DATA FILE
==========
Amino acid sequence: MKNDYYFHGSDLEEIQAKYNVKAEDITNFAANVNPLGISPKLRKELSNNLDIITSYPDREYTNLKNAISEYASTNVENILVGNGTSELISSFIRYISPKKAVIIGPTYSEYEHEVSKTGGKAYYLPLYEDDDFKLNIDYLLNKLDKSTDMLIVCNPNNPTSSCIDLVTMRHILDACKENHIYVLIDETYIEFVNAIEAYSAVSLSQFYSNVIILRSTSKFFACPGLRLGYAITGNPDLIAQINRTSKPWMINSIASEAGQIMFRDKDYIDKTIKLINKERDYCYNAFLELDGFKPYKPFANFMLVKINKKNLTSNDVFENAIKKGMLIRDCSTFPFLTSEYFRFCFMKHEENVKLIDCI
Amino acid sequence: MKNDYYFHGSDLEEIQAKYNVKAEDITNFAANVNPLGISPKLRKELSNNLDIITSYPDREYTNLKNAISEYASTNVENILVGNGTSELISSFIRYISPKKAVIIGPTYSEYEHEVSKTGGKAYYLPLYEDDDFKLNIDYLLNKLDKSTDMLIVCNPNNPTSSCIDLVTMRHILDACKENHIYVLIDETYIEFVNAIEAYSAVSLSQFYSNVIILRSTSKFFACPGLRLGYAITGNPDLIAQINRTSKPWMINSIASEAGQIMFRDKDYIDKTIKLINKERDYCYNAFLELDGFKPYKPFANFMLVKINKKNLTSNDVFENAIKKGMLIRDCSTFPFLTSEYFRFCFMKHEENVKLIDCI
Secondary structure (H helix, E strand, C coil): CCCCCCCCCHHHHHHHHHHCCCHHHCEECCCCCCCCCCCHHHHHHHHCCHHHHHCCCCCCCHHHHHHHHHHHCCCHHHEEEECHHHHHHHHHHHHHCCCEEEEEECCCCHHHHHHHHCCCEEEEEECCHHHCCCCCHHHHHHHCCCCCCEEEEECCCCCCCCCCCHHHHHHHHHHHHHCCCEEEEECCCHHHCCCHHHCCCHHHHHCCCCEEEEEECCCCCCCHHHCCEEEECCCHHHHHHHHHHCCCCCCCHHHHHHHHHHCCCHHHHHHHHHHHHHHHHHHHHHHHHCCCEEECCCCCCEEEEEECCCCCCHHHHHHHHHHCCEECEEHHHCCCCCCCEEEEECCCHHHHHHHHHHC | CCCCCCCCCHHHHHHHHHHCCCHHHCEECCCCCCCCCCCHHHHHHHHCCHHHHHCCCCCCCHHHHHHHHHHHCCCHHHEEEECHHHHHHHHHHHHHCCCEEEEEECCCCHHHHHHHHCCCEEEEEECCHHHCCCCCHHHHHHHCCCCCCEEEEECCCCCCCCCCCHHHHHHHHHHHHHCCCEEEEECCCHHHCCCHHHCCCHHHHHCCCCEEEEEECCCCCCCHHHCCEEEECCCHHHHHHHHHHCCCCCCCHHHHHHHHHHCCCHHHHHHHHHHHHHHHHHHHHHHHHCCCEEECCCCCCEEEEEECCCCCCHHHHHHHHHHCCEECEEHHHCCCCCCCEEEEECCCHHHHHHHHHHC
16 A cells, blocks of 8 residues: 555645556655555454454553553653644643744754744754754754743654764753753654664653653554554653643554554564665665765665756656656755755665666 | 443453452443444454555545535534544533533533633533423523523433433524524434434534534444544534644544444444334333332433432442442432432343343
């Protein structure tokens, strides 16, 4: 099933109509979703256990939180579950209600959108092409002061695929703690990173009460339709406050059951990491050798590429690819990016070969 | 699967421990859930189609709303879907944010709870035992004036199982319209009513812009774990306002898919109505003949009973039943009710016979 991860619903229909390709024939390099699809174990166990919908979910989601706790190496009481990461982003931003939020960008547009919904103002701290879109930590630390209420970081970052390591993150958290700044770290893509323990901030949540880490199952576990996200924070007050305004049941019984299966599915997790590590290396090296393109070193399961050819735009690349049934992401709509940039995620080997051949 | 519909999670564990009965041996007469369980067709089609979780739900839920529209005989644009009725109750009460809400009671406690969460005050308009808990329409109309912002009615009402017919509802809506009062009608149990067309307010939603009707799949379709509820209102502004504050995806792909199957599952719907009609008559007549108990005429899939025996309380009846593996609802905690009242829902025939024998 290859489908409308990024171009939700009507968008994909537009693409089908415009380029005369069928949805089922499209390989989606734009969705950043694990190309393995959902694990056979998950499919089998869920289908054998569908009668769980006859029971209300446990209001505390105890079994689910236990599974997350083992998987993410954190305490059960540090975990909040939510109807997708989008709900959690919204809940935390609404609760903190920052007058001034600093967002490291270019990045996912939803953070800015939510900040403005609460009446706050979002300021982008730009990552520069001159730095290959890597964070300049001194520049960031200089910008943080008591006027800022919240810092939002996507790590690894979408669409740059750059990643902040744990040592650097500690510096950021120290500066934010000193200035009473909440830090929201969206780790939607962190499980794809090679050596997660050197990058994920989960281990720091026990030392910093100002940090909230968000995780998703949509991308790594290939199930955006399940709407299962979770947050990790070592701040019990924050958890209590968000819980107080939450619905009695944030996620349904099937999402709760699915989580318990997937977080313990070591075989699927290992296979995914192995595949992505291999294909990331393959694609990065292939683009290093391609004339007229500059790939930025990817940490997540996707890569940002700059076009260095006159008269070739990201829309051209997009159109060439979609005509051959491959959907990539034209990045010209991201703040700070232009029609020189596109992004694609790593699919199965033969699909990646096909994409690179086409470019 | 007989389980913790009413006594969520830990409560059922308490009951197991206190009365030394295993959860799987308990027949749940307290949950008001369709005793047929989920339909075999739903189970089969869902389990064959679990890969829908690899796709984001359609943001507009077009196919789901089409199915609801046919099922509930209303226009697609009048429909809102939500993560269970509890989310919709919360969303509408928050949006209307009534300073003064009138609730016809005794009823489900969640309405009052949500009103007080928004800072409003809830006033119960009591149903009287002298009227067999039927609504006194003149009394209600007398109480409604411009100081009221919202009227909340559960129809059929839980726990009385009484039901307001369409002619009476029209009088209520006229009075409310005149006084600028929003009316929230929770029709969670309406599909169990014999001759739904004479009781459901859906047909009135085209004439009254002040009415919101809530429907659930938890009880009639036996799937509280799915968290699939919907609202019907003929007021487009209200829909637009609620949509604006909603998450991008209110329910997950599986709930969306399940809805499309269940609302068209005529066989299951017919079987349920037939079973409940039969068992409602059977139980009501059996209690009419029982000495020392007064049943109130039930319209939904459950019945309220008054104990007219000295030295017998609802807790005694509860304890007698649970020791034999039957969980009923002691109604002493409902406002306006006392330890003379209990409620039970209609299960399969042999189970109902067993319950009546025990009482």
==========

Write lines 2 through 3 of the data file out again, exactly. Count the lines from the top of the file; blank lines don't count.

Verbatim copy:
Amino acid sequence: MKNDYYFHGSDLEEIQAKYNVKAEDITNFAANVNPLGISPKLRKELSNNLDIITSYPDREYTNLKNAISEYASTNVENILVGNGTSELISSFIRYISPKKAVIIGPTYSEYEHEVSKTGGKAYYLPLYEDDDFKLNIDYLLNKLDKSTDMLIVCNPNNPTSSCIDLVTMRHILDACKENHIYVLIDETYIEFVNAIEAYSAVSLSQFYSNVIILRSTSKFFACPGLRLGYAITGNPDLIAQINRTSKPWMINSIASEAGQIMFRDKDYIDKTIKLINKERDYCYNAFLELDGFKPYKPFANFMLVKINKKNLTSNDVFENAIKKGMLIRDCSTFPFLTSEYFRFCFMKHEENVKLIDCI
Secondary structure (H helix, E strand, C coil): CCCCCCCCCHHHHHHHHHHCCCHHHCEECCCCCCCCCCCHHHHHHHHCCHHHHHCCCCCCCHHHHHHHHHHHCCCHHHEEEECHHHHHHHHHHHHHCCCEEEEEECCCCHHHHHHHHCCCEEEEEECCHHHCCCCCHHHHHHHCCCCCCEEEEECCCCCCCCCCCHHHHHHHHHHHHHCCCEEEEECCCHHHCCCHHHCCCHHHHHCCCCEEEEEECCCCCCCHHHCCEEEECCCHHHHHHHHHHCCCCCCCHHHHHHHHHHCCCHHHHHHHHHHHHHHHHHHHHHHHHCCCEEECCCCCCEEEEEECCCCCCHHHHHHHHHHCCEECEEHHHCCCCCCCEEEEECCCHHHHHHHHHHC | CCCCCCCCCHHHHHHHHHHCCCHHHCEECCCCCCCCCCCHHHHHHHHCCHHHHHCCCCCCCHHHHHHHHHHHCCCHHHEEEECHHHHHHHHHHHHHCCCEEEEEECCCCHHHHHHHHCCCEEEEEECCHHHCCCCCHHHHHHHCCCCCCEEEEECCCCCCCCCCCHHHHHHHHHHHHHCCCEEEEECCCHHHCCCHHHCCCHHHHHCCCCEEEEEECCCCCCCHHHCCEEEECCCHHHHHHHHHHCCCCCCCHHHHHHHHHHCCCHHHHHHHHHHHHHHHHHHHHHHHHCCCEEECCCCCCEEEEEECCCCCCHHHHHHHHHHCCEECEEHHHCCCCCCCEEEEECCCHHHHHHHHHHC